Rendering from San Diego State University Mission Valley site plan
A rendering from the San Diego State University’s Mission Valley site plan showing the proposed clock tower and Aztecs Stadium in the distance. Courtesy SDSU

By Raoul Lowery Contreras

Ordinary citizens rarely have the ability to vote for a massive injection of jobs into the community. San Diegans have that opportunity on Nov. 6.

On that day they can choose between giving away our Mission Valley stadium and its massive parking lot for the construction of shopping malls, a tiny soccer stadium for a team that doesn’t exist, bars and restaurants, or expanding San Diego State University for the betterment of the city, the state and nation.

Making money off of retail stores, bars and fast food places is one thing; building college classrooms, developing university research facilities, expanding student and faculty housing and, ultimately, producing college graduates is another.

Any buildings designed and built under the auspices of SDSU have to be designed and built under state law for long lives. Moreover, any joint projects with private enterprise will be taxed by San Diego under “possessory interest.” These are the equivalent of property taxes. I know, because as a Port of San Diego tenant I paid thousands of dollars in possessory interest taxes.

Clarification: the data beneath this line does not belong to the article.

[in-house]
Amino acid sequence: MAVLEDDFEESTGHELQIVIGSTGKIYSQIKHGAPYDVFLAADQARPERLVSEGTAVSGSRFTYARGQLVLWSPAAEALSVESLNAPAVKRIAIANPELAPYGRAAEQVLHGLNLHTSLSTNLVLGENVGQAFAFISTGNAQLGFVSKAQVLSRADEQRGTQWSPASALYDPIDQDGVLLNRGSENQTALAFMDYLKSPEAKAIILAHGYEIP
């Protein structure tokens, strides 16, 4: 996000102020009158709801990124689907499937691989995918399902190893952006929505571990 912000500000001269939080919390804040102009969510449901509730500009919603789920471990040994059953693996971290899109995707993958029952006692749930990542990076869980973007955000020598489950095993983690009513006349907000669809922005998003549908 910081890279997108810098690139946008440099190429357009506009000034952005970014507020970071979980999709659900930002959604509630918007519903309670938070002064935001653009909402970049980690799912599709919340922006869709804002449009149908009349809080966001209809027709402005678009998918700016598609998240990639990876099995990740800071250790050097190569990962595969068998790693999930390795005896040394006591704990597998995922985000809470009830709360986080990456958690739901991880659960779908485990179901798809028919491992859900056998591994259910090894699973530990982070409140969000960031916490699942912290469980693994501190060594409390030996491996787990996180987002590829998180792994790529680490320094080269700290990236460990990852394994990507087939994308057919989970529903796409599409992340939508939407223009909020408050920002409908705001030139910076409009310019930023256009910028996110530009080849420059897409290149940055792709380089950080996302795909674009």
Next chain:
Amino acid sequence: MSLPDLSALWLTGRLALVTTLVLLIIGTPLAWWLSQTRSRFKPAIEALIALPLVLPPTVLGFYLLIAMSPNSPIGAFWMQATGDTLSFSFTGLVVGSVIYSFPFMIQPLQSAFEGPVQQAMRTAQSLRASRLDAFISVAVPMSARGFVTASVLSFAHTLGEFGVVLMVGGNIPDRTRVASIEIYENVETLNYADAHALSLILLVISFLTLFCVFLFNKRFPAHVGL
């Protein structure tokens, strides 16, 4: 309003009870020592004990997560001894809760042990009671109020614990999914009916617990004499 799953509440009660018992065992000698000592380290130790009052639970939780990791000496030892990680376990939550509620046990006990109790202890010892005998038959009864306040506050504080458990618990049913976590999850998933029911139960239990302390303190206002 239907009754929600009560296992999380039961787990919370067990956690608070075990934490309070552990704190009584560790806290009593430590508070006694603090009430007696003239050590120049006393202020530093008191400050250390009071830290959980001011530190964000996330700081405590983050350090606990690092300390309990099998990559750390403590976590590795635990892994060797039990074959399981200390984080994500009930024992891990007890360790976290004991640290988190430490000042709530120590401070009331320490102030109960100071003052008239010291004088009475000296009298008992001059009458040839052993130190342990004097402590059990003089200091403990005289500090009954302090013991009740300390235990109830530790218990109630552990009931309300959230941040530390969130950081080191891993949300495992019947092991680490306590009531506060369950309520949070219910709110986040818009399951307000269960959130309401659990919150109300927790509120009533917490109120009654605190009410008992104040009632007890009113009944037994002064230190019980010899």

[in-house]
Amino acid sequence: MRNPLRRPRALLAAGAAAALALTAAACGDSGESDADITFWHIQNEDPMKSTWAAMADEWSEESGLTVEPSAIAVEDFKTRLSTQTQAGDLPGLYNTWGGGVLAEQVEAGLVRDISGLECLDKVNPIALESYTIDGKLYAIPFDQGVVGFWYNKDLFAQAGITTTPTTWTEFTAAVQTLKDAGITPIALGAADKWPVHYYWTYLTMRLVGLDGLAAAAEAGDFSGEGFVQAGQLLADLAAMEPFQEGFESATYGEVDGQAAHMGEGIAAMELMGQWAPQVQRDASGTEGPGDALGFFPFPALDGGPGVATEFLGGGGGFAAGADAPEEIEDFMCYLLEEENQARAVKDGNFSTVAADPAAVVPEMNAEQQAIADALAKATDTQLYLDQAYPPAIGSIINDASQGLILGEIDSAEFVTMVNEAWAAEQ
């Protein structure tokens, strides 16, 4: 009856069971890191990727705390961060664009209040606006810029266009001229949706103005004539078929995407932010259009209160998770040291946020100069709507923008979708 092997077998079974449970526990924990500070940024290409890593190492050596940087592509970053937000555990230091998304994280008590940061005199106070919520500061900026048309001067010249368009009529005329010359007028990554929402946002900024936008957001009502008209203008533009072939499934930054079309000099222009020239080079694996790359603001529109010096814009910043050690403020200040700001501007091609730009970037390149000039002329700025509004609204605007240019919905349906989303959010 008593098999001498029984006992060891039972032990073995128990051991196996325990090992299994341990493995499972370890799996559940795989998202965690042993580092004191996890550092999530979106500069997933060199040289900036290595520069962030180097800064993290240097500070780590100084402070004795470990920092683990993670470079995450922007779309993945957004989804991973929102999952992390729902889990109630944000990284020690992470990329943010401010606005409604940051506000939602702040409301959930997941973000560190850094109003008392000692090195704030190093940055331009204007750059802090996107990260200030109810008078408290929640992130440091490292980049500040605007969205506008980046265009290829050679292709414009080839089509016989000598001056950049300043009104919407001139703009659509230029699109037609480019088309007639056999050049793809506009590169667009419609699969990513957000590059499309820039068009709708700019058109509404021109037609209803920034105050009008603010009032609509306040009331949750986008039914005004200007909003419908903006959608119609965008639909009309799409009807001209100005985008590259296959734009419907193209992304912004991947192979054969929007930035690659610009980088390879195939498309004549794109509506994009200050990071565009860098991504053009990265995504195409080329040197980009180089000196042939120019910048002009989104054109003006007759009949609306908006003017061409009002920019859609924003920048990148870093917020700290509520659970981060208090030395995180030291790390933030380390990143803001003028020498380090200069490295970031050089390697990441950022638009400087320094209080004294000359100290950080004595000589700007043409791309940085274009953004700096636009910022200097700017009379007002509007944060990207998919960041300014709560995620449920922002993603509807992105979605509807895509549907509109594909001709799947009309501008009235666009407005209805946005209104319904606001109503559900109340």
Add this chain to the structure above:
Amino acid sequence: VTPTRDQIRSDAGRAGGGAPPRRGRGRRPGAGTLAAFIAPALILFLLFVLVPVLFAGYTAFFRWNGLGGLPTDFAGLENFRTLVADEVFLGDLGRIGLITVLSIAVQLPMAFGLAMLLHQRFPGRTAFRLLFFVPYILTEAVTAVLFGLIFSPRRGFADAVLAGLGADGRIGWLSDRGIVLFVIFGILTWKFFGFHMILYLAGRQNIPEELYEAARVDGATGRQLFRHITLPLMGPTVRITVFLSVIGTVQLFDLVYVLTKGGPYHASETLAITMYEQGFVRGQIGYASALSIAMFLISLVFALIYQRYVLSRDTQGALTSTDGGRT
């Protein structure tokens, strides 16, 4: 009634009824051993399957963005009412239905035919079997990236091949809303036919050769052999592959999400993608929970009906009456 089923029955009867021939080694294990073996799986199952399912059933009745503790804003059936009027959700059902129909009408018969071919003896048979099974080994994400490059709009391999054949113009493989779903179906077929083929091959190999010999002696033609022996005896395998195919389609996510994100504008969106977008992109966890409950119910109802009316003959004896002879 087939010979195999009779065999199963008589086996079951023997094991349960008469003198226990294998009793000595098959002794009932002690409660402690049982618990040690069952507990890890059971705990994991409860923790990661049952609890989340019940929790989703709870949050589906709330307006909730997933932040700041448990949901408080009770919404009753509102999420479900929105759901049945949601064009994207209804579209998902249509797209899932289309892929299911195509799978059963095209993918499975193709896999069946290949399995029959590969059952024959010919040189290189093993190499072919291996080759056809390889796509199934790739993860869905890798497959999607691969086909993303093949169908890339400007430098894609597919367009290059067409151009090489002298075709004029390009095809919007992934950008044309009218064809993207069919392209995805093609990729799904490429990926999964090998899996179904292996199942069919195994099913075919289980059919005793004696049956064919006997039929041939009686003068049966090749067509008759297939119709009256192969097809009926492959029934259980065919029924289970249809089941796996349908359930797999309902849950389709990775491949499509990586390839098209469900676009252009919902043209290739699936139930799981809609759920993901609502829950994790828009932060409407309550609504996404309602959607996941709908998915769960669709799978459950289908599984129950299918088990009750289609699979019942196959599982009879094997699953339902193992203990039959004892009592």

SDSU has been at its existing, built-out campus site for almost a century. The SoccerCity idea has been around for a few years and is funded by out-of-towners, none of whom attended SDSU.

Their proposal is to lease the property for a period of years during which they can parcel out pieces to other out-of-towners. They won’t create a single college graduate who will earn a million dollars more during life than a non-graduate.

San Diegans can vote for SDSU West’s Measure G in November. If they do, they will be voting to add prevailing-wage construction jobs to the 12,800 jobs SDSU currently supports on campus and the 40,000 community-wide jobs SDSU supports. Prevailing wages are generally four or five times minimum wage.

Rarely do San Diegans get to vote on more and new jobs and economic impact that will benefit the city forever. Retail stores and shopping malls come and go, but the university will be forever.

As a committed San Diegan and an “Aztec for Life,” I’m voting “yes” on Measure G.

Raoul Lowery Contreras is a political consultant and the author of “The Armenian Lobby & American Foreign Policy” and “The Mexican Border: Immigration, War and a Trillion Dollars in Trade.”  His work has appeared in the New American News Service of the New York Times Syndicate.